December Tulare Tip:
Weatherbird: There are many different birds that can be seen in Tulare SD. Many are seasonal. One small bird that can be found in Tulare during the winter is the dark eyed junco. It is about the size of a sparrow. The male is gray to dark gray on the top half and white on the bottom. Females have more brown coloring and can be mistaken for a sparrow at a distance. It has been said that when the dark eyed juncos show up in quantities in the fall that winter is about to hit and stay. It is also known to be somewhat like a groundhog and predict spring when they leave Tulare. The dark eyed junco breeds in Canada, but migrates south to Tulare when winter approaches. The opposite happens in the spring.
Before winter hits, a few early dark eyed juncos will hang out with sparrows and other small birds. They benefit from the other birds’ sentries that watch for danger. Although the dark eyed junco can be found at bird feeders around Tulare, they prefer to eat from the ground like bluejays, so will dive to the ground in groups after sparrows and other birds knock bird feed from the feeder to the ground.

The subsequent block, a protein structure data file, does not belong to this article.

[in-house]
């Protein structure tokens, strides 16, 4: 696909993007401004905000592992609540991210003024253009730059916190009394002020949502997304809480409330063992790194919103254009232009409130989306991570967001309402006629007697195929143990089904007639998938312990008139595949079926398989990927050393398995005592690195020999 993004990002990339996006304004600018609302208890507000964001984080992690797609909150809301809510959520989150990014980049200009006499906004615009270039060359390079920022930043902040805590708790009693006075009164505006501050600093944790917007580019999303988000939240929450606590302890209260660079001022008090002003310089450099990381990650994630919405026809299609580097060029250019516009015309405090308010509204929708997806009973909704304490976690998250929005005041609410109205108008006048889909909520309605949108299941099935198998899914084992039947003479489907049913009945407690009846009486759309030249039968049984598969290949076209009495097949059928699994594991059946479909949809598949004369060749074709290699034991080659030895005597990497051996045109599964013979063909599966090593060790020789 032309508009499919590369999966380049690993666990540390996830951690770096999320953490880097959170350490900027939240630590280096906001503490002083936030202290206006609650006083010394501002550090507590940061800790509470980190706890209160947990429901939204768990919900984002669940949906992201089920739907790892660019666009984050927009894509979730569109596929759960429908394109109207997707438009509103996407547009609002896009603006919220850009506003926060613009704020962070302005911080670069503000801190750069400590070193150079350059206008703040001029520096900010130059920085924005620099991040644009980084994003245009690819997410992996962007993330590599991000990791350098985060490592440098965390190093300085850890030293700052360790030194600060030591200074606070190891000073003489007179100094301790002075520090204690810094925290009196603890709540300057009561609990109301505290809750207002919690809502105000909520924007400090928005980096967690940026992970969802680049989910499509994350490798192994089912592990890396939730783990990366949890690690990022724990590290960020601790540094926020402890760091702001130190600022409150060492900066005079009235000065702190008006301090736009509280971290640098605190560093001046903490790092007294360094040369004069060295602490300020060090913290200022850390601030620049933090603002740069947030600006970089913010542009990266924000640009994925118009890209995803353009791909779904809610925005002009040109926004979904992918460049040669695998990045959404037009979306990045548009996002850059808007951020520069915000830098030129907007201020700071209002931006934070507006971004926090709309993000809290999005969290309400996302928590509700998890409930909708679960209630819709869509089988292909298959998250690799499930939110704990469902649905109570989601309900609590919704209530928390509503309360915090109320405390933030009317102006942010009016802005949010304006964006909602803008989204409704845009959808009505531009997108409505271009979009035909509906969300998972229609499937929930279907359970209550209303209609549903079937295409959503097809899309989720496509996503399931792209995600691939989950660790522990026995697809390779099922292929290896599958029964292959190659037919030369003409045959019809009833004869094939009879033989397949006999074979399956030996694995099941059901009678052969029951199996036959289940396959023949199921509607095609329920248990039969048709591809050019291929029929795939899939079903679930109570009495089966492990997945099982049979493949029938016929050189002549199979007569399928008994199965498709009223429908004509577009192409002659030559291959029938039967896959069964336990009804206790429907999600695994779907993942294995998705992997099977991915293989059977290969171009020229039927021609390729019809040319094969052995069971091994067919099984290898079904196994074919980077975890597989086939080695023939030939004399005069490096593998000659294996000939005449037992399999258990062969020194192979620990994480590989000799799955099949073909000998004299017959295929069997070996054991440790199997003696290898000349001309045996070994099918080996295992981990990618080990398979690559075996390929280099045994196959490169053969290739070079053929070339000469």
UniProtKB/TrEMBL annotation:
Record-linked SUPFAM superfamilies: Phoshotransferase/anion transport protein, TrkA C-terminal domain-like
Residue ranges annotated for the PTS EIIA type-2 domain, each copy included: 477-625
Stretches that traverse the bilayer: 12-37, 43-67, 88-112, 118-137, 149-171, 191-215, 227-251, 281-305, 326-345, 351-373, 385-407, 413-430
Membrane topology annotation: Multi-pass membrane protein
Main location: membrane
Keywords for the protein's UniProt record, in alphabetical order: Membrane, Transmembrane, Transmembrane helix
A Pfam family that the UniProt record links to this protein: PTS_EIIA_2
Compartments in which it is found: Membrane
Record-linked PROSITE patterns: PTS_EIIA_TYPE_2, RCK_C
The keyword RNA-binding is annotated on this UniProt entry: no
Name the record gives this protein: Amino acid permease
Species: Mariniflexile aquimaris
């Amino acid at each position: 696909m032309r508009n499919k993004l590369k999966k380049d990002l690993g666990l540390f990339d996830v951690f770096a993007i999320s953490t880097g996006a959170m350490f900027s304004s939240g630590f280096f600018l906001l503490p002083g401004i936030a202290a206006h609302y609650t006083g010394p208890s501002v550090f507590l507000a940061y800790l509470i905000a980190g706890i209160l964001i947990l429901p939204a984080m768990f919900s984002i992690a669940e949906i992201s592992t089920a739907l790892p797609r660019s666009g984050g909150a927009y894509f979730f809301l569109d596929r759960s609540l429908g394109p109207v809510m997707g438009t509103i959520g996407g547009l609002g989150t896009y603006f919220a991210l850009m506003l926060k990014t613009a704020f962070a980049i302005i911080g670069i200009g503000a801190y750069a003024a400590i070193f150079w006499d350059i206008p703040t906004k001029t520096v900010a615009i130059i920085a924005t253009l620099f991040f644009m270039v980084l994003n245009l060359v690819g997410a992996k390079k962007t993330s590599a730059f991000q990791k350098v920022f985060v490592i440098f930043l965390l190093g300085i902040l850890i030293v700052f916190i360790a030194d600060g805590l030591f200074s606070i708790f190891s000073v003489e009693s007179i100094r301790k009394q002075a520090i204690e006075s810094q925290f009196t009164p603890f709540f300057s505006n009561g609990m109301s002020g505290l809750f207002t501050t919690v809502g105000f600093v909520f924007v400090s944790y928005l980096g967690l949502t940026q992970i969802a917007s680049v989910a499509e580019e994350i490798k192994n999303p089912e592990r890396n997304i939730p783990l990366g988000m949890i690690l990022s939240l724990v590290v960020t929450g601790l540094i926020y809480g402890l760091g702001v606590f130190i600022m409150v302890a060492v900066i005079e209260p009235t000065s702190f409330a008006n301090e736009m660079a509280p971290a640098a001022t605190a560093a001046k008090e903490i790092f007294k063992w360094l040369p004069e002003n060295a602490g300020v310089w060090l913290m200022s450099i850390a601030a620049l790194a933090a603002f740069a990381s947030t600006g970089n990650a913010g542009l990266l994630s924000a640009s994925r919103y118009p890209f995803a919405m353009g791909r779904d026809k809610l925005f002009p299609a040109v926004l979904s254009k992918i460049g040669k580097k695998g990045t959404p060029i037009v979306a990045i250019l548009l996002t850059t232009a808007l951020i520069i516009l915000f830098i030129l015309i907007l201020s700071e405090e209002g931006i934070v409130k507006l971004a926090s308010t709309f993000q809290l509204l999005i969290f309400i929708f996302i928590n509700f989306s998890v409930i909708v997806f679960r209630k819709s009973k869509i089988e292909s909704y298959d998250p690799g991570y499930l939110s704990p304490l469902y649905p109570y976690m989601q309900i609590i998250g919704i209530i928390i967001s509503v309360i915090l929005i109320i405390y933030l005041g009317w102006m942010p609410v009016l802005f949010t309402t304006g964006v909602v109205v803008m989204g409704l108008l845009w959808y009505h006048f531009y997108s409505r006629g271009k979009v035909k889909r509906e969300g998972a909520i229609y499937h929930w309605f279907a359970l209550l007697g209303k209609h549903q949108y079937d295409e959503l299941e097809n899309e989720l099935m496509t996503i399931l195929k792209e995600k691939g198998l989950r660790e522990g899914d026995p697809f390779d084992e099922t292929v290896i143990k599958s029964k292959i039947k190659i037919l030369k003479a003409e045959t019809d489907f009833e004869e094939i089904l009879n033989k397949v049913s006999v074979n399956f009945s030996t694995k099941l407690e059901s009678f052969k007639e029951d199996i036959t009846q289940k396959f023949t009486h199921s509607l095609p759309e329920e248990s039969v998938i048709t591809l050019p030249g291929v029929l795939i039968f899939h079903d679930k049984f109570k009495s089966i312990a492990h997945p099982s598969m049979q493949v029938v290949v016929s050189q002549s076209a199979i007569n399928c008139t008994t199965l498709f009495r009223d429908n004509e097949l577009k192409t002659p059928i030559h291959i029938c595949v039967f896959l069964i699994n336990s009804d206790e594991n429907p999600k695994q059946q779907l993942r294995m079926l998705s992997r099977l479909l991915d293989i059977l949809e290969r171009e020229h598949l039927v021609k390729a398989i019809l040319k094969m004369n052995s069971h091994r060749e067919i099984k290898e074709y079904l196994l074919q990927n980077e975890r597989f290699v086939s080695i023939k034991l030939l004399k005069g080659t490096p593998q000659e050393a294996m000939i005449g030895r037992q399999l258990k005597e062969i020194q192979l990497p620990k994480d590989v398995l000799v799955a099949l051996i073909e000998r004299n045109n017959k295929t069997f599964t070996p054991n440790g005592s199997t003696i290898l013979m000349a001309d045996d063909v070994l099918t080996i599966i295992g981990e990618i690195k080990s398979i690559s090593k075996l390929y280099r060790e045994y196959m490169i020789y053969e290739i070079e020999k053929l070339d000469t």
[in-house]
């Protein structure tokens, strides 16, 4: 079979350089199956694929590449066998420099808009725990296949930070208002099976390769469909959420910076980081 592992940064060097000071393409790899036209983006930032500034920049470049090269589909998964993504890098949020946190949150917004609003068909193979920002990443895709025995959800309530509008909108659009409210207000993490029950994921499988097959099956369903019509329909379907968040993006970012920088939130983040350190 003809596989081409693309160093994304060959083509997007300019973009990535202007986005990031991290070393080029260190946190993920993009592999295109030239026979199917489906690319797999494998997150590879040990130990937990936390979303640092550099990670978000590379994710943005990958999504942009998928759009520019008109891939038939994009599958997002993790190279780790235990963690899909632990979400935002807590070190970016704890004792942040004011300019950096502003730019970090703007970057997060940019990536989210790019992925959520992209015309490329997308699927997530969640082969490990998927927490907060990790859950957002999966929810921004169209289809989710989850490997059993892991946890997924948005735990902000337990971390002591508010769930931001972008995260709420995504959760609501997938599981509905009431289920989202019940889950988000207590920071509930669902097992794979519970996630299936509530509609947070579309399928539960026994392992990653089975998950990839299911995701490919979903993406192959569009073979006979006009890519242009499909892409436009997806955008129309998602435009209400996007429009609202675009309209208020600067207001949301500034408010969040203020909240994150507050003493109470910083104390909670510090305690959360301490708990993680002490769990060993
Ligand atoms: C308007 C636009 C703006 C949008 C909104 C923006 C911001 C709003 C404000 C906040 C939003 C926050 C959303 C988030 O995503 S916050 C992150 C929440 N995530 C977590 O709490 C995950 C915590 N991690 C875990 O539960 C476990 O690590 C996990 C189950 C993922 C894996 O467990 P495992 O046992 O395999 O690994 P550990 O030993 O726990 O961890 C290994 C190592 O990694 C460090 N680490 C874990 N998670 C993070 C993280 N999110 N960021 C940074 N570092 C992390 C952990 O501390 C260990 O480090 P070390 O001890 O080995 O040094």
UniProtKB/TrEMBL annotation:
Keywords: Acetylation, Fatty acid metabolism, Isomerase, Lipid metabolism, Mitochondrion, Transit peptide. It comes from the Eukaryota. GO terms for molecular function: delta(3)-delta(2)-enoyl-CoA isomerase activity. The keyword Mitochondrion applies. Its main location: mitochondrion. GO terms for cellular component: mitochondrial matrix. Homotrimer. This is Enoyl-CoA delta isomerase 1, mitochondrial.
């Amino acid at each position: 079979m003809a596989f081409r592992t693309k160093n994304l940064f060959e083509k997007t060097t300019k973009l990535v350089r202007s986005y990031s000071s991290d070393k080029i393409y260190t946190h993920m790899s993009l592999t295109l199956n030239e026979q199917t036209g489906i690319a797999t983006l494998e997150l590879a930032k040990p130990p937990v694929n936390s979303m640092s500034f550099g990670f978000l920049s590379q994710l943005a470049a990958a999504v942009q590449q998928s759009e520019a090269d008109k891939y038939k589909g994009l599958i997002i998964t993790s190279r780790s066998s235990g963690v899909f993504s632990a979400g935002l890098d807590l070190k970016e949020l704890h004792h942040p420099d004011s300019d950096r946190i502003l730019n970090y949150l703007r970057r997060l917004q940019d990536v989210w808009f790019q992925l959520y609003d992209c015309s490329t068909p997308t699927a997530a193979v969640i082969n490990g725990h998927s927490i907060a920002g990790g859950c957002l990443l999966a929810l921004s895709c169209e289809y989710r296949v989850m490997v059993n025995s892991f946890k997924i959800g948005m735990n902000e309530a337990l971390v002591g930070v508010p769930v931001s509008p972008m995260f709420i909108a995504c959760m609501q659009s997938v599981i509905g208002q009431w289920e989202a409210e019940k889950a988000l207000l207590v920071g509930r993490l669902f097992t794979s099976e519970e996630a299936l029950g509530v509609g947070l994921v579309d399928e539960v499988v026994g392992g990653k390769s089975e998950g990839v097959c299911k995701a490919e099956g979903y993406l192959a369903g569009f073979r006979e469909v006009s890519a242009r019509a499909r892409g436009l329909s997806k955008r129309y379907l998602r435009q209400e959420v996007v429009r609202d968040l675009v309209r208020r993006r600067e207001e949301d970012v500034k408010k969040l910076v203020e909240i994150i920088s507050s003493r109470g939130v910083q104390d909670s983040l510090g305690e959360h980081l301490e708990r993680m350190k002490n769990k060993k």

There are many different bird varieties that can be seen at bird feeders during December in Tulare and this part of South Dakota. There is probably a greater variety if you live on the edge of town, especially to the west. In the middle of town, it is common to see bluejays, house finches, common redpolls, house sparrows, white breasted nuthatches, pine siskins, American goldfinches, downy woodpeckers, hairy woodpeckers, red shafted northern flickers, black and white warblers, and many other varieties near a bird feeder. Sometimes the grackle that looks like a blackbird will invade Tulare in quantities as early as December.
Update: Now into February, only a few junkos have been seen at the bird feeder. The smaller quantity this year could be for different reasons. North of us may have had a more mild winter overall than normal. We have had less snowfall, so the junkos are able to feed in fields, but are here. They may have just missed the Tulare SD bird feeders this winter, but are in the area. Or overall, we are having a more mild winter for snowfall and temperature. Watch the quantity of dark eyed junkos every winter to see if they are really weatherbirds!
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